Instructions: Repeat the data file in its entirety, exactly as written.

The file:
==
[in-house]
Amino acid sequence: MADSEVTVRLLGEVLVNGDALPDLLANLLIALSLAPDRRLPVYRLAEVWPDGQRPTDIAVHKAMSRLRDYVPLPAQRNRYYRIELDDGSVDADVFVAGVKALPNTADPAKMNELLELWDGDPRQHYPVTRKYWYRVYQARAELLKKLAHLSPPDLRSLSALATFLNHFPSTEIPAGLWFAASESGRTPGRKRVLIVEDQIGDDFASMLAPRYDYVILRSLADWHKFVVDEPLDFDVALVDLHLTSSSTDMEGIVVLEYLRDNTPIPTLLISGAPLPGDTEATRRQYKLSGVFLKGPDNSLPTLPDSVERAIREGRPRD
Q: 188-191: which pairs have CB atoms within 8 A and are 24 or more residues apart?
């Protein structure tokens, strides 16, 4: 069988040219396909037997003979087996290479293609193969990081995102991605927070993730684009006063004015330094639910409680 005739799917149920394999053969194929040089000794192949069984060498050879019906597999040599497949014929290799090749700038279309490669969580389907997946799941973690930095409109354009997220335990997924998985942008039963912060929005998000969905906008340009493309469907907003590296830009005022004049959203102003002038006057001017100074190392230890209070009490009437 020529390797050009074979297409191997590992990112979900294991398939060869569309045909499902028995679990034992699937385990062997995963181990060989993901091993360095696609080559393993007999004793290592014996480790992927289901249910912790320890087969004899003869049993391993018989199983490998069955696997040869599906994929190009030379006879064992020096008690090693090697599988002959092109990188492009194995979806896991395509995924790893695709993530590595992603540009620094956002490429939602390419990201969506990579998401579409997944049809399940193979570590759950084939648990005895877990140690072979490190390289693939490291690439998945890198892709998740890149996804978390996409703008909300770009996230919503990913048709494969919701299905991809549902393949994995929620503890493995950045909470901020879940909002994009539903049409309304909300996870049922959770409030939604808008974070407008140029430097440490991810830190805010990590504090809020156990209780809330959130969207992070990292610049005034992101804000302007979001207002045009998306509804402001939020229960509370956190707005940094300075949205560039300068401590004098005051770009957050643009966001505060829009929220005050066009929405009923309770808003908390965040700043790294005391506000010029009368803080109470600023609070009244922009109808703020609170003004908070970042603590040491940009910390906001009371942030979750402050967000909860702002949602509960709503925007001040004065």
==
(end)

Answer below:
[in-house]
Amino acid sequence: MADSEVTVRLLGEVLVNGDALPDLLANLLIALSLAPDRRLPVYRLAEVWPDGQRPTDIAVHKAMSRLRDYVPLPAQRNRYYRIELDDGSVDADVFVAGVKALPNTADPAKMNELLELWDGDPRQHYPVTRKYWYRVYQARAELLKKLAHLSPPDLRSLSALATFLNHFPSTEIPAGLWFAASESGRTPGRKRVLIVEDQIGDDFASMLAPRYDYVILRSLADWHKFVVDEPLDFDVALVDLHLTSSSTDMEGIVVLEYLRDNTPIPTLLISGAPLPGDTEATRRQYKLSGVFLKGPDNSLPTLPDSVERAIREGRPRD
Q: 188-191: which pairs have CB atoms within 8 A and are 24 or more residues apart?
């Protein structure tokens, strides 16, 4: 069988040219396909037997003979087996290479293609193969990081995102991605927070993730684009006063004015330094639910409680 005739799917149920394999053969194929040089000794192949069984060498050879019906597999040599497949014929290799090749700038279309490669969580389907997946799941973690930095409109354009997220335990997924998985942008039963912060929005998000969905906008340009493309469907907003590296830009005022004049959203102003002038006057001017100074190392230890209070009490009437 020529390797050009074979297409191997590992990112979900294991398939060869569309045909499902028995679990034992699937385990062997995963181990060989993901091993360095696609080559393993007999004793290592014996480790992927289901249910912790320890087969004899003869049993391993018989199983490998069955696997040869599906994929190009030379006879064992020096008690090693090697599988002959092109990188492009194995979806896991395509995924790893695709993530590595992603540009620094956002490429939602390419990201969506990579998401579409997944049809399940193979570590759950084939648990005895877990140690072979490190390289693939490291690439998945890198892709998740890149996804978390996409703008909300770009996230919503990913048709494969919701299905991809549902393949994995929620503890493995950045909470901020879940909002994009539903049409309304909300996870049922959770409030939604808008974070407008140029430097440490991810830190805010990590504090809020156990209780809330959130969207992070990292610049005034992101804000302007979001207002045009998306509804402001939020229960509370956190707005940094300075949205560039300068401590004098005051770009957050643009966001505060829009929220005050066009929405009923309770808003908390965040700043790294005391506000010029009368803080109470600023609070009244922009109808703020609170003004908070970042603590040491940009910390906001009371942030979750402050967000909860702002949602509960709503925007001040004065």